Yesterday in Texas, the Reverend Matthew Hagee, Executive Pastor of the Cornerstone Church in San Antonio, described last Sunday’s Waco massacre and its aftermath, including “all of these arrests of rival biker gangs” as “a sign of the end times.” It might have been the most interesting thing anybody said about the massacre all day.
As of this morning, at least 170 people were in custody on $1 million bond each and charged with “Engaging in Organized Criminal Activity.” One of them is a woman.
“I think it is important to send a message,” the Honorable Walter H. “Pete” Peterson, Justice of the Peace for the First Precinct, who set the bail amount said. “We had nine people killed in our community. These people just came in and most of them were from out of town. Very few of them were from in town.”
Three of the accused “organized criminals” turned themselves in after they were released on lower bonds. Sergeant Patrick Swanton, who has been acting as the chief press ringmaster since Sunday, said “They were not mistakenly released.” The three men were arrested Sunday when they arrived at the crime scene after all the shooting had stopped wearing motorcycle club insignia. They were searched and, according to Swanton, were found to be “carrying weapons.” They are now also being held on $1 million bond. Swanton did not know where.
Swanton did not know how many of the 11 wounded men who were released from local hospitals yesterday had been arrested. He also did not know how many, if any, of the dead men had been killed by police. “Is it possible,” Swanton asked rhetorically. “Yes. Is it a fact? No, because the autopsies are not complete.”
Swanton seems committed to a version of events in which only four of the 22 police officers on scene discharged their weapons. He said yesterday that those four remained on duty. “Typically, our first concern is the welfare and mental health of those officers,” Swanton explained. But, “because of the high threat level … we kept them here.”
Olivia Messer reported in the Waco Tribune-Herald today that police “have found 1,000 weapons tucked into kitchen areas, vehicles and toilets” in the Twin Peaks restaurant.
Months Or Years
The New York Times reported that the local jail and court system is clogged up with arrestees and that the court cases “could drag on for months and even years.”
Tales abound of factually innocent bikers who are being presumed guilty until proven innocent.
A defendant named Jeff Battey was the first defendant to post bail Wednesday morning. Battey “has bullet fragments lodged in his arms,” according to his lawyer, Seth Sutton. “He was just in the wrong place at the wrong time like many others who are innocent yet being held under that bond.” Sutton told Houston television station KRIV. “Law enforcement authorities are saying that, in this short amount of time, they’ve already gathered probable cause that these 200 people have participated in a plot to commit capital murder. That’s difficult for us to believe.” Battey must wear an electronic ankle monitor while he awaits the chance to clear his name. He is currently being treated in a Dallas hospital.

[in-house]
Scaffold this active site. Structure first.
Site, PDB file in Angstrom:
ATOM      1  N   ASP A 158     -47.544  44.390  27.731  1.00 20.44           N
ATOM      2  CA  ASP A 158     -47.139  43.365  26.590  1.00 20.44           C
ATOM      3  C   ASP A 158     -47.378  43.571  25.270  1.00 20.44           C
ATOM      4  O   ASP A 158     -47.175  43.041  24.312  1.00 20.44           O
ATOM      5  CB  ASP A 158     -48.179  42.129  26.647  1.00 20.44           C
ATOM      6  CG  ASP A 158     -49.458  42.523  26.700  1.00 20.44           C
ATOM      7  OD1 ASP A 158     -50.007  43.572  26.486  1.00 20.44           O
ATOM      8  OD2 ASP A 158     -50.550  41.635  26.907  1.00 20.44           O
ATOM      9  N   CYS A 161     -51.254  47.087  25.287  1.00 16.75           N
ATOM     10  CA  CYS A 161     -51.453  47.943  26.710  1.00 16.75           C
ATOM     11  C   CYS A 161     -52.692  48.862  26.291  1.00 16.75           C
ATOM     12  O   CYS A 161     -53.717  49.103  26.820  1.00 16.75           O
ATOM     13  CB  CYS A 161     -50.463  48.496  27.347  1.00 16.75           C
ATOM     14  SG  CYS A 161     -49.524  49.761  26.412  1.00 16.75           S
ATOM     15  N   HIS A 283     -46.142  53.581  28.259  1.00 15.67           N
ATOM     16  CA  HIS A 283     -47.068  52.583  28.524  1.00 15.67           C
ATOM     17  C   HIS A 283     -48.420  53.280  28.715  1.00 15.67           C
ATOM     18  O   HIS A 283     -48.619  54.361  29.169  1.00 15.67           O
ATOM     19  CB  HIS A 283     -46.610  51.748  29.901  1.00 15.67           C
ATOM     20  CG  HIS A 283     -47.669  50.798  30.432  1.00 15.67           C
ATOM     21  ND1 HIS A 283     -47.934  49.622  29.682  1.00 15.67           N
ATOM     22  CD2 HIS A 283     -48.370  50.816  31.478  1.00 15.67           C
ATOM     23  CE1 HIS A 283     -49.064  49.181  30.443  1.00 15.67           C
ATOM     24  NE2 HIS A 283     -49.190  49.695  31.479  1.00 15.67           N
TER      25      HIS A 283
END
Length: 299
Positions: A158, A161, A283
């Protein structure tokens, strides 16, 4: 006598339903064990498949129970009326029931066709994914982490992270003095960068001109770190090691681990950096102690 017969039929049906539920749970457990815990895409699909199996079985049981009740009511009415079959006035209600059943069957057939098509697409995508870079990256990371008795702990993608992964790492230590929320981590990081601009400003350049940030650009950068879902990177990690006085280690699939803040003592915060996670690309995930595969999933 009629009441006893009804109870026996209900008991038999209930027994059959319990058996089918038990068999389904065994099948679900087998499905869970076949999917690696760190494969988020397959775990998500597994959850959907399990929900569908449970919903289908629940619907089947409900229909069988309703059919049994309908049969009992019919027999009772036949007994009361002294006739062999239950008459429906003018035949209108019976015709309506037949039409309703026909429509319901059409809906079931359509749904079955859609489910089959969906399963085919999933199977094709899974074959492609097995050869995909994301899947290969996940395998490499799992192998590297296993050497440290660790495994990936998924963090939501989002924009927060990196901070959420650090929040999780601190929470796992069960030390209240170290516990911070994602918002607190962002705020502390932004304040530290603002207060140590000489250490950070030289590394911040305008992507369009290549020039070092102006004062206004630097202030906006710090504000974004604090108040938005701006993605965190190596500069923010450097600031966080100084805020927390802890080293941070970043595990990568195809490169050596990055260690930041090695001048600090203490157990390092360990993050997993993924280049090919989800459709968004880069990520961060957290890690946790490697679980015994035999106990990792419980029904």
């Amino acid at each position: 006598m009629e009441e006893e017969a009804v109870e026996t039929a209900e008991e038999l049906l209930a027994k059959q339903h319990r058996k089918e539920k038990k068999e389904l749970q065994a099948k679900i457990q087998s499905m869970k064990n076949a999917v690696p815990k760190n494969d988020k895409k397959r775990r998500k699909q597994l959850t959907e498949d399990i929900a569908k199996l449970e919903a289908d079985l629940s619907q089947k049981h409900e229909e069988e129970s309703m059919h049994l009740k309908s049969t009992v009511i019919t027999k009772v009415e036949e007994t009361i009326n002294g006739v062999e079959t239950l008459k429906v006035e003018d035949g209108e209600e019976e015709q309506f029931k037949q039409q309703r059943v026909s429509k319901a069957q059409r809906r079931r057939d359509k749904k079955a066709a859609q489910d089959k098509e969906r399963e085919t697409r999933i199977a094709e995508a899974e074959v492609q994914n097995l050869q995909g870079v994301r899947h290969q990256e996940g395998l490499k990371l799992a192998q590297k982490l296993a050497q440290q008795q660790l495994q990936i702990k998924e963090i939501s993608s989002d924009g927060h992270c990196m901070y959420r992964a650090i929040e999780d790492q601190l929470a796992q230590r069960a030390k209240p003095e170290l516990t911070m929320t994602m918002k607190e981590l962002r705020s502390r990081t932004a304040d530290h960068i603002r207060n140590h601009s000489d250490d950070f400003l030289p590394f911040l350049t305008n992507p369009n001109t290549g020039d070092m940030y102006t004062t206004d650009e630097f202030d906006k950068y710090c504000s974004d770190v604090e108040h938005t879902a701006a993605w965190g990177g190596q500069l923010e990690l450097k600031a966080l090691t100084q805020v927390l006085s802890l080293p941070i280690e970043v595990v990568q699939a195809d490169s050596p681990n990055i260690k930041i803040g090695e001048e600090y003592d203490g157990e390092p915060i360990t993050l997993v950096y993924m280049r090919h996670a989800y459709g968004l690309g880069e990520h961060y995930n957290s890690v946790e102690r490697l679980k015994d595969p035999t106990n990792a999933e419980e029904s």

The Associated Press reports that Theron Rhoten, a mechanic from Austin, an antique motorcycle enthusiast and a member of the Vice Grip Motorcycle Club was arrested with two club brothers when he arrived at the site of the Confederation of Clubs meeting after the shooting stopped. The Vice Grips build, repair and ride pre-1970 Harley-Davidson Big Twins.
A retired, San Antonio vice detective named Marty Lewis, is among the accused “organized criminals” trying to raise $1 million bail.
Published reports indicate that Waco and McLennan County could realize more than $3 million from the sale of motorcycles and cars seized at the crime scene.
Gator’s Jam Inn
Meanwhile, multiple news outlets including the Daily Beast have begun to connect the dots between the massacre in the Twin Peaks parking lot and a shooting in Gator’s Jam Inn in Forth Worth last December 12. Geoffrey Brady, a member of the Ghostriders Motorcycle Club was killed and within days three Bandidos, Robert Stover, Howard Wayne Baker and Nicholas Povendo were charged with his murder. The Daily Beast reporter, M.L. Nestel speculates, “It’s unclear whether the deadly brawl in Fort Worth directly led to Sunday’s bloody battle outside the Twin Peaks restaurant in Waco, Texas—or whether the two incidents were just loosely connected in a longer gang war.”
Nestel quotes an unnamed police source as saying, “The Gator’s incident was one of many and it all has to do with colors. They want to make sure the Bandidos go down.”
You can read the complete Daily Beast article here.
At the time of the Gator’s shooting, a source with knowledge of the incident told The Aging Rebel, “There has been a truce between the Bandidos and the Banshees and their brother club, the Ghostriders, for several years…. In recent years, it has been very amicable in the Dallas – Forth Worth area to the point of hand shakes and friendly games of pool between the opposing clubs, which was absolutely unheard of before.”
“The Ghostrider who was killed was the kind of man who would defuse a situation, not aggravate it. It makes no sense for him to be the one who got shot unless he stepped in to calm people down.”
“I think the shit is about to get nasty down here,” the source said. “I believe it had to be started by a Fed or some sort of agent provocateur. Too many inroads to a peaceful coexistence have happened for this to be anything else.”
The Aging Rebel investigated the incident but was unable to confirm that a federal investigation involving the Bandidos was underway.